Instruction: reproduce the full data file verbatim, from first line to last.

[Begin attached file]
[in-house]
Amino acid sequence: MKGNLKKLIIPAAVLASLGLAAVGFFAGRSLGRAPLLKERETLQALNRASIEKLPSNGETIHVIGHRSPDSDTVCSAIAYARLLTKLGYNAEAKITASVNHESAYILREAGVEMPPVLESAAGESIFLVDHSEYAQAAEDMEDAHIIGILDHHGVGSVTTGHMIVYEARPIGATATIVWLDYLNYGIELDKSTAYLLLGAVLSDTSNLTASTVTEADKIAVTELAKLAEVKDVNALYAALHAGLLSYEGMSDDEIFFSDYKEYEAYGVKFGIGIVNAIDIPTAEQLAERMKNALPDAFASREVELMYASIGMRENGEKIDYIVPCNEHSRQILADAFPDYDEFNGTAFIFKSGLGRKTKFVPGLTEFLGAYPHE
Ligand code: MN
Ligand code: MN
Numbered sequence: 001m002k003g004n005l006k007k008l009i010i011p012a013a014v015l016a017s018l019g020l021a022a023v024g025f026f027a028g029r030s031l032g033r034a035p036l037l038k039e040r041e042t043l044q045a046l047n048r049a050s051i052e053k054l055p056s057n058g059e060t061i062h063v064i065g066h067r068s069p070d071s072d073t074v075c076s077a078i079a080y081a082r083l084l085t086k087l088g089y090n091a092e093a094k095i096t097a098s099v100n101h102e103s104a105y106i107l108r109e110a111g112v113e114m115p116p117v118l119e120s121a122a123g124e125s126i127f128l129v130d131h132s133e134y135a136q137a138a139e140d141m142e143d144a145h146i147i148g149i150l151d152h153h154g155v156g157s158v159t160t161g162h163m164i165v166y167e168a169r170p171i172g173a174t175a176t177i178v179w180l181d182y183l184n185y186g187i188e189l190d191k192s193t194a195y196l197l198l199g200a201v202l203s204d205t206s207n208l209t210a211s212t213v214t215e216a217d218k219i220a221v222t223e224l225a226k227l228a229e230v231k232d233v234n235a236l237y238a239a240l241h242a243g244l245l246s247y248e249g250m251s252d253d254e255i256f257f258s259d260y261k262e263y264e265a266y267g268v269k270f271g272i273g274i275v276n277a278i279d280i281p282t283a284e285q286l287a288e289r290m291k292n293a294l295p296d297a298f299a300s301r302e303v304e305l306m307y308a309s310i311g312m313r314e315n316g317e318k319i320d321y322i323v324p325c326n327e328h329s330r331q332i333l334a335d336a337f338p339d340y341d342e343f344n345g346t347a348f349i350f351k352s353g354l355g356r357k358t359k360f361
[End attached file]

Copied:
[in-house]
Amino acid sequence: MKGNLKKLIIPAAVLASLGLAAVGFFAGRSLGRAPLLKERETLQALNRASIEKLPSNGETIHVIGHRSPDSDTVCSAIAYARLLTKLGYNAEAKITASVNHESAYILREAGVEMPPVLESAAGESIFLVDHSEYAQAAEDMEDAHIIGILDHHGVGSVTTGHMIVYEARPIGATATIVWLDYLNYGIELDKSTAYLLLGAVLSDTSNLTASTVTEADKIAVTELAKLAEVKDVNALYAALHAGLLSYEGMSDDEIFFSDYKEYEAYGVKFGIGIVNAIDIPTAEQLAERMKNALPDAFASREVELMYASIGMRENGEKIDYIVPCNEHSRQILADAFPDYDEFNGTAFIFKSGLGRKTKFVPGLTEFLGAYPHE
Ligand code: MN
Ligand code: MN
Numbered sequence: 001m002k003g004n005l006k007k008l009i010i011p012a013a014v015l016a017s018l019g020l021a022a023v024g025f026f027a028g029r030s031l032g033r034a035p036l037l038k039e040r041e042t043l044q045a046l047n048r049a050s051i052e053k054l055p056s057n058g059e060t061i062h063v064i065g066h067r068s069p070d071s072d073t074v075c076s077a078i079a080y081a082r083l084l085t086k087l088g089y090n091a092e093a094k095i096t097a098s099v100n101h102e103s104a105y106i107l108r109e110a111g112v113e114m115p116p117v118l119e120s121a122a123g124e125s126i127f128l129v130d131h132s133e134y135a136q137a138a139e140d141m142e143d144a145h146i147i148g149i150l151d152h153h154g155v156g157s158v159t160t161g162h163m164i165v166y167e168a169r170p171i172g173a174t175a176t177i178v179w180l181d182y183l184n185y186g187i188e189l190d191k192s193t194a195y196l197l198l199g200a201v202l203s204d205t206s207n208l209t210a211s212t213v214t215e216a217d218k219i220a221v222t223e224l225a226k227l228a229e230v231k232d233v234n235a236l237y238a239a240l241h242a243g244l245l246s247y248e249g250m251s252d253d254e255i256f257f258s259d260y261k262e263y264e265a266y267g268v269k270f271g272i273g274i275v276n277a278i279d280i281p282t283a284e285q286l287a288e289r290m291k292n293a294l295p296d297a298f299a300s301r302e303v304e305l306m307y308a309s310i311g312m313r314e315n316g317e318k319i320d321y322i323v324p325c326n327e328h329s330r331q332i333l334a335d336a337f338p339d340y341d342e343f344n345g346t347a348f349i350f351k352s353g354l355g356r357k358t359k360f361